Move over notebooks – Windows 7 is on the way. So says market intelligence provider DRAMeXchange, which foresees a “notebook computer replacement effect” following the rollout of Windows 7 this month.
DRAMeXchange reports Windows 7 as having comparably better performance than Vista in certain instances, such as memory utilisation, battery power management and a user-friendly preview workshop.
Come back, customers
Essentially, Microsoft is not only trying to woo back Vista-disenchanted customers, but increase demand and market size for “multi-touch” panels and applications – Windows 7 can be paired with a touch-sensitive PC and users won’t always need a keyboard or mouse.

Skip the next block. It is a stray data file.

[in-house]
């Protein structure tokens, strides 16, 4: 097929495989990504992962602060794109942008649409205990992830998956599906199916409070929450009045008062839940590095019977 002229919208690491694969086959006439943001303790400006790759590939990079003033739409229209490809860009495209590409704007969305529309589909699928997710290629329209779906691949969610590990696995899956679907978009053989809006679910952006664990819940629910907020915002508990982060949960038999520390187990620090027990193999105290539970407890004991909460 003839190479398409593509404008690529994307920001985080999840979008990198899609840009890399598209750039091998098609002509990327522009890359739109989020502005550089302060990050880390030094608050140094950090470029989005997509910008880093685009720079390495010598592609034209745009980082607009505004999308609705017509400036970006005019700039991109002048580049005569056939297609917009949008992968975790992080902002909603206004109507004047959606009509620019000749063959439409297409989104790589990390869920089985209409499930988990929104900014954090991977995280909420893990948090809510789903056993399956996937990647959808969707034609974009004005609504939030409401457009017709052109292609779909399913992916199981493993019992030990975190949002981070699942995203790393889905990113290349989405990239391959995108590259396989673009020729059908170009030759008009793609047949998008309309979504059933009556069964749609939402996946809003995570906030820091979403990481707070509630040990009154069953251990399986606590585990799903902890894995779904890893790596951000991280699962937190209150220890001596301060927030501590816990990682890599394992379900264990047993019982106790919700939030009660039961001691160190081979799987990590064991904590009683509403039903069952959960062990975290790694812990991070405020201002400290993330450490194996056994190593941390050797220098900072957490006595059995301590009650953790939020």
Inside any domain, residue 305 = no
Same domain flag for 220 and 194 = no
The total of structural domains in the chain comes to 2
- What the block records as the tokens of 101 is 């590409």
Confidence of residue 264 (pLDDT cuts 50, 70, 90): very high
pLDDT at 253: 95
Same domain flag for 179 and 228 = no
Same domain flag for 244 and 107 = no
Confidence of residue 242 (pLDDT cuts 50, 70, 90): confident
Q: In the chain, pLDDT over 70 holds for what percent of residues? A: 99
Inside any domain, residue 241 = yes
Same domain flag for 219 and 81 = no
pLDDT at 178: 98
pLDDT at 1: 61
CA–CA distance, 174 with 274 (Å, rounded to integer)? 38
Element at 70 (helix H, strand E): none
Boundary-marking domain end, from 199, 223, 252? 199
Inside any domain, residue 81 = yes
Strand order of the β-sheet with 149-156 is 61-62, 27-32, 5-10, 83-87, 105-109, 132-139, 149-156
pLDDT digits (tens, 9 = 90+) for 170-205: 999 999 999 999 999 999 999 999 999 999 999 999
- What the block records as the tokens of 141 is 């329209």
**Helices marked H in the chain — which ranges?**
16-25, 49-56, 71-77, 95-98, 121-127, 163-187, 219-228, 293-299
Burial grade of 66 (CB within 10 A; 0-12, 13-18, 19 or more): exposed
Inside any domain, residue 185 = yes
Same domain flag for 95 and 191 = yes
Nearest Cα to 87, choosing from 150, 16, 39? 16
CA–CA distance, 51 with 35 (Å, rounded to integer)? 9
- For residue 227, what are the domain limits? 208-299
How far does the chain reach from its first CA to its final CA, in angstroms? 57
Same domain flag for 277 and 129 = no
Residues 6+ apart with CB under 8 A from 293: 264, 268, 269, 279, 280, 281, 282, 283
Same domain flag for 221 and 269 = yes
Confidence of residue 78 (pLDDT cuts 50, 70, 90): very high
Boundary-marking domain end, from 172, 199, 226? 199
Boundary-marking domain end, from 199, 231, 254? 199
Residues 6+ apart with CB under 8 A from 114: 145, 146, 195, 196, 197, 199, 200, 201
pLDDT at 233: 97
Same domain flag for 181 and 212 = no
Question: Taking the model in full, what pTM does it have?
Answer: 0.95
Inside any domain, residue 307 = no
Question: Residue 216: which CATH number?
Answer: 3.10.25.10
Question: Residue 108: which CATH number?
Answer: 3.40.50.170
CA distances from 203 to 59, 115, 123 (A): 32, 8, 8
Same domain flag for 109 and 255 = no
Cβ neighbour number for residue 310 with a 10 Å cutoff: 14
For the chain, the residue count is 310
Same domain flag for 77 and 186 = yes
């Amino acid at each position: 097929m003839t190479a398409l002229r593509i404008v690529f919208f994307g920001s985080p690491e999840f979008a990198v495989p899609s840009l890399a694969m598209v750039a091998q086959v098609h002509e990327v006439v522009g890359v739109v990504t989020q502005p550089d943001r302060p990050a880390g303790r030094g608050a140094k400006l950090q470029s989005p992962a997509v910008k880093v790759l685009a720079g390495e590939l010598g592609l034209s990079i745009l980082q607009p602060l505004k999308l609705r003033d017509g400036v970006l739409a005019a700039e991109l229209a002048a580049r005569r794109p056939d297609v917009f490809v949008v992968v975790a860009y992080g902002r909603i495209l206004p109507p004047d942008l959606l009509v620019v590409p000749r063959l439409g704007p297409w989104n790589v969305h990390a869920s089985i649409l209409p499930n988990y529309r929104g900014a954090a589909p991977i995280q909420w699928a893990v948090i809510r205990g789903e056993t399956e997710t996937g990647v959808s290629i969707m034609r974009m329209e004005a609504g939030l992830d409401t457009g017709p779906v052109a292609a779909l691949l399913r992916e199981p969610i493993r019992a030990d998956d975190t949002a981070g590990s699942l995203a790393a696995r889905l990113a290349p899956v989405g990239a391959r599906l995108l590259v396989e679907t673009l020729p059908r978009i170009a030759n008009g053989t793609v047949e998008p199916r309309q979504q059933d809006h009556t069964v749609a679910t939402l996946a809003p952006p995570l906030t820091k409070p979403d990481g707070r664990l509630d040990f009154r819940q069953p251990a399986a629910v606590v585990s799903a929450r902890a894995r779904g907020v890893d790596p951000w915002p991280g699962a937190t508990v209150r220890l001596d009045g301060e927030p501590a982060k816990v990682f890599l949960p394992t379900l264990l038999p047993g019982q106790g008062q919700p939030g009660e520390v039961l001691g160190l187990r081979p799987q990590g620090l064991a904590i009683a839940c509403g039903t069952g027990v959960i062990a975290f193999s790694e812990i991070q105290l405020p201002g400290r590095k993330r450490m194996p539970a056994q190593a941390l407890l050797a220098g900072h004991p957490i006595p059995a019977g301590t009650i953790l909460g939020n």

Therefore, the design concept of Windows7 could be a sign for the technology industry, which is to think from the consumer’s point of view and about what they need and don’t need.
DRAMeXchange predicts the “notebook-replacement effect” to occur particularly in the second quarter of 2010, after the 2009 year-end/holiday season and since mainstream customers tend to be more conservative toward first-adopting models.
However, notebooks still have the edge in terms of growth in projected figures: the growth in desktop computers in 2010 is forecast to be 2-3pc, while notebooks are expected to increase by 15-17pc in terms of Year on Year basis.
PC replacement rate
In the commercial market, corporate PCs are replaced every four years, on average. Since 2000, corporate replacement has happened in 2000 and 2004, but the one which should have happened in 2008 was postponed courtesy of the global financial crisis.
DRAMeXchange expects corporate replacement for Windows 7 will be more stimulated when more application software is developed and hardware and software compatibility issues are lessened, since corporate PC users are demanding more regarding stability and compatibility.
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